Preparation for postpartum life
I just finished reading Kimberly Ann Johnson's guide to the postpartum period, "The Fourth Trimester: a postpartum guide to healing your body, balancing your emotion, and restoring your vitality," which was published in December 2017.
The main focus of this book is that there is much more to the postpartum period than taking care of newborn babies and that there is an urgent need for us to reframe it as a period of great transition and healing for new mothers. We need to bring mothers back to the forefront of postpartum life.
Ms. Johnson emphasizes that our cultural norm to "bounce back" after pregnancy with goals to return to our pre-pregnancy lives (weight, work, sexual activities, etc) is unrealistic and may actually be harmful in the long-run.
She discusses that in many other parts of the world it is customary for extended family members to come into a new mother's home after labor and delivery to take care of her as she recovers from birth. They help by by preparing healthy meals, cleaning, and tending to all household tasks so that the new mother can rest, heal, breastfeed, and bond with her baby. In many of these cultures it is believed that if a mother does not have ample recovery and healing time after giving birth, she is at risk of poor health and functioning for the rest of her life. This is in marked contrast to the U.S, where, while it is normal for extended family members to visit after a new baby is born, the focus of their visits are often on seeing the newborn. The new mom is usually an afterthought, despite having recently gone through one of the most physically and emotionally challenging events of her entire life.
Thus, we start out our lives as new moms with unrealistic expectations of being able to "do it all" and are not conditioned to be able to ask for and seek the help that we need. In many cases, especially as we have our first babies, we don't have a clue that we might even need much help during the fourth trimester, or that life with a new baby might not go as planned.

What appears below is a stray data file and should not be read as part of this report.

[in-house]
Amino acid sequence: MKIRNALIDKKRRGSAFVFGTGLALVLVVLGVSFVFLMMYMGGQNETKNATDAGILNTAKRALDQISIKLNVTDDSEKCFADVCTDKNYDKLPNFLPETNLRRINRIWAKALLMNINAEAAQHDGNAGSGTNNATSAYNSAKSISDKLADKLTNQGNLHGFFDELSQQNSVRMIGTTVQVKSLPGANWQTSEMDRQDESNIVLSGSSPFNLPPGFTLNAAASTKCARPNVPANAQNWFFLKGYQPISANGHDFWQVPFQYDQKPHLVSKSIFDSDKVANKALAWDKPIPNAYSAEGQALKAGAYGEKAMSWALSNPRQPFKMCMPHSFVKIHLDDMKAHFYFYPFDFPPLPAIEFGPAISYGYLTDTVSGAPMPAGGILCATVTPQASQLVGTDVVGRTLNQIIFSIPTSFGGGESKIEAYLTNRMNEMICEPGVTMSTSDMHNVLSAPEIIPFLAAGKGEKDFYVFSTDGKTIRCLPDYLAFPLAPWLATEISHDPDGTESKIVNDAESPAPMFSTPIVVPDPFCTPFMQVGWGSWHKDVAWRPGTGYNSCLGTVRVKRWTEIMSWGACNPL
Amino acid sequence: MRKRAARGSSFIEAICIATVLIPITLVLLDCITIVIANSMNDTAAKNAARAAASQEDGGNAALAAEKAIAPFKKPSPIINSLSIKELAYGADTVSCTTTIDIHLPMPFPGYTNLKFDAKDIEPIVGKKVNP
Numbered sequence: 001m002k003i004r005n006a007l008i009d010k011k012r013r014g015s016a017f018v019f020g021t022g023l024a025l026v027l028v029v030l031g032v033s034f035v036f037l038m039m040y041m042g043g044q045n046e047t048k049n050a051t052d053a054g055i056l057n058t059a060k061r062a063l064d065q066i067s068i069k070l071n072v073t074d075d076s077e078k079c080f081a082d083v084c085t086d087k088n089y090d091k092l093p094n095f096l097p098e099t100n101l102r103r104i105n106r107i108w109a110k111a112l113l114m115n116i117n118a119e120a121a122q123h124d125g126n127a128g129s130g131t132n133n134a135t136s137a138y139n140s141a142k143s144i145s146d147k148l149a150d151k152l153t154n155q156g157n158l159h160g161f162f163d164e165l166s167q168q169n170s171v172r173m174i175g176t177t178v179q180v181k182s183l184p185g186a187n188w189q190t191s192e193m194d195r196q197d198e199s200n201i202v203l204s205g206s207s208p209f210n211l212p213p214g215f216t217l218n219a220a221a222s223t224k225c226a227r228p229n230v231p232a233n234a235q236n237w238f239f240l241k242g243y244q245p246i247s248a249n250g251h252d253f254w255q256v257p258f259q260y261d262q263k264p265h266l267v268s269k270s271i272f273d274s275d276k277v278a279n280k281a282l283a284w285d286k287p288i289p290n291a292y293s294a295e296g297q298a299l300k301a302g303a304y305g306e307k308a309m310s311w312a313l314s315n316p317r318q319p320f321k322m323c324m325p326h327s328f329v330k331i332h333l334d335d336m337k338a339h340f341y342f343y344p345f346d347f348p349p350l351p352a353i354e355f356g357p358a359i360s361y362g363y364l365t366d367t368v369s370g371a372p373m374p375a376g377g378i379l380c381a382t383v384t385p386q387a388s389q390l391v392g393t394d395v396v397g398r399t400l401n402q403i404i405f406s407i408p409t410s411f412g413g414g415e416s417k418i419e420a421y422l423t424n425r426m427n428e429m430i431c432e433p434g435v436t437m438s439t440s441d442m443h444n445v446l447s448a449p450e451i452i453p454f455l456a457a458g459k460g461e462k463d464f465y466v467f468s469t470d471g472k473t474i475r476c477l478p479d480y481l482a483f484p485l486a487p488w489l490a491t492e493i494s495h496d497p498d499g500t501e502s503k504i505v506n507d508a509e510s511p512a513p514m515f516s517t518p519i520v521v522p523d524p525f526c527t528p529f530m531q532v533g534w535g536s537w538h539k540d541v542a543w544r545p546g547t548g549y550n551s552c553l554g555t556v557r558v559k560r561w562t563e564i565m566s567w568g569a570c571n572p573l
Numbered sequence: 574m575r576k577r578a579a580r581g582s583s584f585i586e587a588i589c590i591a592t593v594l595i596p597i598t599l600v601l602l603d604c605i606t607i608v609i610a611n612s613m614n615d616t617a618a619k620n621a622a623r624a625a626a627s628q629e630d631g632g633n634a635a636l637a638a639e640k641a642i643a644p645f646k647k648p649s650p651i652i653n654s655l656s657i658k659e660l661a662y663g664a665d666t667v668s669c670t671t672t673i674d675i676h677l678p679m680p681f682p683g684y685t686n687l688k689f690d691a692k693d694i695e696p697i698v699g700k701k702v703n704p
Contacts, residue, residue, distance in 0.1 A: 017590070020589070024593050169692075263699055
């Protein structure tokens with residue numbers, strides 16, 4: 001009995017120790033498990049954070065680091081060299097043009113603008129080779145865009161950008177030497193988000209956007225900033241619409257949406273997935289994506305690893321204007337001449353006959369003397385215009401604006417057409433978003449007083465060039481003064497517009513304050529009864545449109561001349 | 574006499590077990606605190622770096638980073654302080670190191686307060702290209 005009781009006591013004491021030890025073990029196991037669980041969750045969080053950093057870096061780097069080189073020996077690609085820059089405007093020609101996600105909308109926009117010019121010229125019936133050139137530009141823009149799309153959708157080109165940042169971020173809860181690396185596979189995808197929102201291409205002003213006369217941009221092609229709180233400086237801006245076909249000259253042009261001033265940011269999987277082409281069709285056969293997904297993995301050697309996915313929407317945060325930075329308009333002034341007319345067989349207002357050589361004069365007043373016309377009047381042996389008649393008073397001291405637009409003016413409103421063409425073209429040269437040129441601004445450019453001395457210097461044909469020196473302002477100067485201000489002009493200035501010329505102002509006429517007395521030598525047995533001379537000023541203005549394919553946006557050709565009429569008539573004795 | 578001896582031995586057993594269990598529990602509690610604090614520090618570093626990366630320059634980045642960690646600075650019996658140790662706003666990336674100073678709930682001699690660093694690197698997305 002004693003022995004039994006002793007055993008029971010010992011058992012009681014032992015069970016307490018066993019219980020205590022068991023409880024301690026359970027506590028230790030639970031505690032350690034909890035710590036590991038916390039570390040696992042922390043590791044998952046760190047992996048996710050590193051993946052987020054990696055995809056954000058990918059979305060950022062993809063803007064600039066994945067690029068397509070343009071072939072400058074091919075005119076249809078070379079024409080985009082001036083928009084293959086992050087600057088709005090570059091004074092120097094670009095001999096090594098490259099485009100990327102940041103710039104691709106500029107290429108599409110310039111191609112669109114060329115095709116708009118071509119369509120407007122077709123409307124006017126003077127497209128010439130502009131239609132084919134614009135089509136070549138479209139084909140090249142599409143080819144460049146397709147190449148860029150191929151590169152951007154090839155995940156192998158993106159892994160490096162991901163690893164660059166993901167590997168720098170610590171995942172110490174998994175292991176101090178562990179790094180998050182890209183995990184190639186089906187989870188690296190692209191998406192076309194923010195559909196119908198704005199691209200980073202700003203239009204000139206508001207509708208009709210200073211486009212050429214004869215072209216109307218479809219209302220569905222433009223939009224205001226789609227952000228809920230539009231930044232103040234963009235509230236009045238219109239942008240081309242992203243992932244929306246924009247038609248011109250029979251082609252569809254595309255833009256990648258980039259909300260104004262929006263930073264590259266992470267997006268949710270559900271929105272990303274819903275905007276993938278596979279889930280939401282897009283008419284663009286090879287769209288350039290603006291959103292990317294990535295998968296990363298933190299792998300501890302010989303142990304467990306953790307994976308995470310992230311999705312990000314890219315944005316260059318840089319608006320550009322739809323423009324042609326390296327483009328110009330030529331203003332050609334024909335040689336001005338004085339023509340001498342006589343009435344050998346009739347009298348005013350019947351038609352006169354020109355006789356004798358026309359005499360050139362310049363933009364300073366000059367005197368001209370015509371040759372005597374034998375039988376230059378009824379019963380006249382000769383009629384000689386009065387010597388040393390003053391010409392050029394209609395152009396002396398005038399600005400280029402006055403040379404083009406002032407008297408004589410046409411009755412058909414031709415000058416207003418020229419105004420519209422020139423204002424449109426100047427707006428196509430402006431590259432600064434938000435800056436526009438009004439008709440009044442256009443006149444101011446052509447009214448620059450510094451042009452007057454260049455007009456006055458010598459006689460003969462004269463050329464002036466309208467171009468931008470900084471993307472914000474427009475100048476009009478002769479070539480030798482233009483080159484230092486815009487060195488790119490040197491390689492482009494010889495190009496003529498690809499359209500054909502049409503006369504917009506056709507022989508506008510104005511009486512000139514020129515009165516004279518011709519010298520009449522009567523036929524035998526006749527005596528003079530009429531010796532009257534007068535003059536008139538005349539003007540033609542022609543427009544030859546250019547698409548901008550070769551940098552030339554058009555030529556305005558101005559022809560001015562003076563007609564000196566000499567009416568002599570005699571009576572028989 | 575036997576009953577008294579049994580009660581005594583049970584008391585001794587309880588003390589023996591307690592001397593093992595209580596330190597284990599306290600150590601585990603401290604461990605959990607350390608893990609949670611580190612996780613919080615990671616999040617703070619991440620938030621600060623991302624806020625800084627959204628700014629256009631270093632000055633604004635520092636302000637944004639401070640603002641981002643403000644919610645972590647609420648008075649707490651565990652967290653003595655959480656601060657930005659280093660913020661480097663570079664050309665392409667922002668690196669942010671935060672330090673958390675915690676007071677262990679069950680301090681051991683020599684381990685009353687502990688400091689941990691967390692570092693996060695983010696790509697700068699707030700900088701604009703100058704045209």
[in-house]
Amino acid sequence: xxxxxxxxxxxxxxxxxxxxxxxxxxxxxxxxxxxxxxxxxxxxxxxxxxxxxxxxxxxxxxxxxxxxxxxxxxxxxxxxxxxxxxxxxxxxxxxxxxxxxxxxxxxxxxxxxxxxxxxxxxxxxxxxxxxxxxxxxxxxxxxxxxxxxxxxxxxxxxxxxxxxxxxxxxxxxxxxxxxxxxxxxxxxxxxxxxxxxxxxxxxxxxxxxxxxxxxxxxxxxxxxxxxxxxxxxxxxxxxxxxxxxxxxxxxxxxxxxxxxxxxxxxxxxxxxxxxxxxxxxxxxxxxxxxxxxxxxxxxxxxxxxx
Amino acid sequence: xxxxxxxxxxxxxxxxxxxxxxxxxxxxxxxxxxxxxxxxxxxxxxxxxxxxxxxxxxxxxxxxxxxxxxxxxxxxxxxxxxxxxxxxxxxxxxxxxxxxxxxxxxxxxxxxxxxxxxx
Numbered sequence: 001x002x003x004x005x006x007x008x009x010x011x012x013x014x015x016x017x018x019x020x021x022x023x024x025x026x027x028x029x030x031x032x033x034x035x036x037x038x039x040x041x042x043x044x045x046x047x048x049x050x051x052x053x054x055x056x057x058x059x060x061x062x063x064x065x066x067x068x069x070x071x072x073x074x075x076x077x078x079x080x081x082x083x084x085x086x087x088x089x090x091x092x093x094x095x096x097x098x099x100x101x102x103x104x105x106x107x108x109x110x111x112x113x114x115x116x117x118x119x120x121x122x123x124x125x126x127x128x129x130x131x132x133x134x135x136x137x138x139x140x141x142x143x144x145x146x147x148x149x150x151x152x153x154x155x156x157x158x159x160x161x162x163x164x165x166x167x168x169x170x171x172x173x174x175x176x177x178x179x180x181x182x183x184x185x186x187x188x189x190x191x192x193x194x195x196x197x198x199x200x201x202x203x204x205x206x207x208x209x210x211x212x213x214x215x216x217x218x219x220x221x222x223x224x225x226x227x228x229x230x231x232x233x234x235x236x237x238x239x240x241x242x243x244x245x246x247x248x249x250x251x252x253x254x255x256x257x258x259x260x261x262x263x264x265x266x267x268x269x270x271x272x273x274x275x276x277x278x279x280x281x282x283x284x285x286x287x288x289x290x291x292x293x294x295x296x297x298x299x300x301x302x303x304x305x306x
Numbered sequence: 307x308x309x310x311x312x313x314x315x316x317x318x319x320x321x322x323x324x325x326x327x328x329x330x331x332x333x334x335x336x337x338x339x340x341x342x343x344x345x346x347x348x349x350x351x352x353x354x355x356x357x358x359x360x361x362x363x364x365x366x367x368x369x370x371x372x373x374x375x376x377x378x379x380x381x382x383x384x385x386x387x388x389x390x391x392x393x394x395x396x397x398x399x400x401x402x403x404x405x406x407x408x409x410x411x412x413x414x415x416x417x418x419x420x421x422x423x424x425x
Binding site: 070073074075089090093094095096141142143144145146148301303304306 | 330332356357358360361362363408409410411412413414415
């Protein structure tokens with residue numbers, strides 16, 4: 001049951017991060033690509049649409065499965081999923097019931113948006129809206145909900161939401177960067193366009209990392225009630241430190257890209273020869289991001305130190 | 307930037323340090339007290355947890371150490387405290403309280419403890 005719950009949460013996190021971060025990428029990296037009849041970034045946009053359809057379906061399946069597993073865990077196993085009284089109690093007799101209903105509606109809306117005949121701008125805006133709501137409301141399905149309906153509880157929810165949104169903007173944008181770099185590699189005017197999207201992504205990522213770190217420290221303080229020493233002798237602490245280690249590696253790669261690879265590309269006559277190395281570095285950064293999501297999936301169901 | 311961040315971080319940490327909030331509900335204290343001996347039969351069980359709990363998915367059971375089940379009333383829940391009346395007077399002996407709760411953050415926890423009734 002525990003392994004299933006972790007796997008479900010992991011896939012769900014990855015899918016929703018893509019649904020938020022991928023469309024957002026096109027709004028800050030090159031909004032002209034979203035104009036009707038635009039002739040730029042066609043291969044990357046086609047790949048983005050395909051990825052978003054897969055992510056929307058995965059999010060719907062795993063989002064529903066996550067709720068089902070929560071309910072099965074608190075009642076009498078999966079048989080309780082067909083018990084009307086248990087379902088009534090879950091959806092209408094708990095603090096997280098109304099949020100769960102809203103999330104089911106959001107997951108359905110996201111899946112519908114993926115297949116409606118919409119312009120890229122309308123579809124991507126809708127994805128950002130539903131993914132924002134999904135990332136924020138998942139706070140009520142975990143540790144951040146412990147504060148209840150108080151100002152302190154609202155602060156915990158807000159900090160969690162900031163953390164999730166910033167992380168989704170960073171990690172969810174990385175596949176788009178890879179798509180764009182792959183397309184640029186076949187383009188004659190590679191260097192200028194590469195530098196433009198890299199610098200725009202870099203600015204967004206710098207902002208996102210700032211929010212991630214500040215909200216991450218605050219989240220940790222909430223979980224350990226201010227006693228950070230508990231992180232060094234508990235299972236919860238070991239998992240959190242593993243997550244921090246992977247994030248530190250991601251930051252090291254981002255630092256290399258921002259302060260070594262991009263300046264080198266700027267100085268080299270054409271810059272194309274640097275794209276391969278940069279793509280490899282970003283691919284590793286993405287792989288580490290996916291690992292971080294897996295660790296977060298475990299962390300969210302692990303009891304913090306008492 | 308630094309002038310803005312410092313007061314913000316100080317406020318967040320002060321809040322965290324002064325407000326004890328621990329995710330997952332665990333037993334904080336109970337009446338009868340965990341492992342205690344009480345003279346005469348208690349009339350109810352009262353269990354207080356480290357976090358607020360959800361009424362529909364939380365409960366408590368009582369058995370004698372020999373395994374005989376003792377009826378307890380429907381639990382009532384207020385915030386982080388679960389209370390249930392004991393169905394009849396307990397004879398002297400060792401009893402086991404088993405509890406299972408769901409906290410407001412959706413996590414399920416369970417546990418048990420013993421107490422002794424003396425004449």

Overall, I believe that this book is worth reading and sharing to provide a framework for women for preparation for the postpartum period, and I don't think that the author wants or expects women to follow her advice to a tee-for example, I can't see myself personally using vaginal jade eggs (or expecting the mothers I work with to do so!)
Some of the main take-aways from this book include the following:
1. When you are pregnant, make sure you plan for the "fourth trimester" as much as you do for your labor, delivery, and items you will need after the arrival of your baby. Make sure that you have plans for how you will take care of your needs (not just the needs of your newborn) and keep your expectations realistic. Do not expect yourself to be a "superwoman" and bounce back to your previous life, as this is not possible.
2. Figure out who can/will help you after you have your baby and do not be afraid to ask others for help. One recommendation is for pregnant women to put together their own "meal trains" for their friends and neighbors to participate in after they have their babies. Postpartum doulas are also a wonderful resource for postpartum support and care and are now available in most parts of the U.S.
3. It is important to gain an appreciation that both pregnancy and the postpartum period are a period of great physical, mental, emotional, and spiritual change, and that healing and recovery should not be rushed. I actually learned more about post-birth pelvic floor dysfunction from this book than I had learned during my entire medical training! The author recommends considering meeting with a pelvic floor physical therapist prior to birth so that you have someone to reach out after delivery if need be, which I think is great advice.
4. You need to do what works best for you and your baby and follow your intuition, even if it differs from the advice of your family, friends and/or the medical establishment. The author shares that she had anticipated exclusively breastfeeding but hit a point in which she required formula supplementation to be able to adequately nourish her daughter. Although she was disappointed she was able to use it as a learning experience that motherhood does not always go as planned, and supplementing actually helped her to relax a bit about breastfeeding and ultimately boost her own milk supply.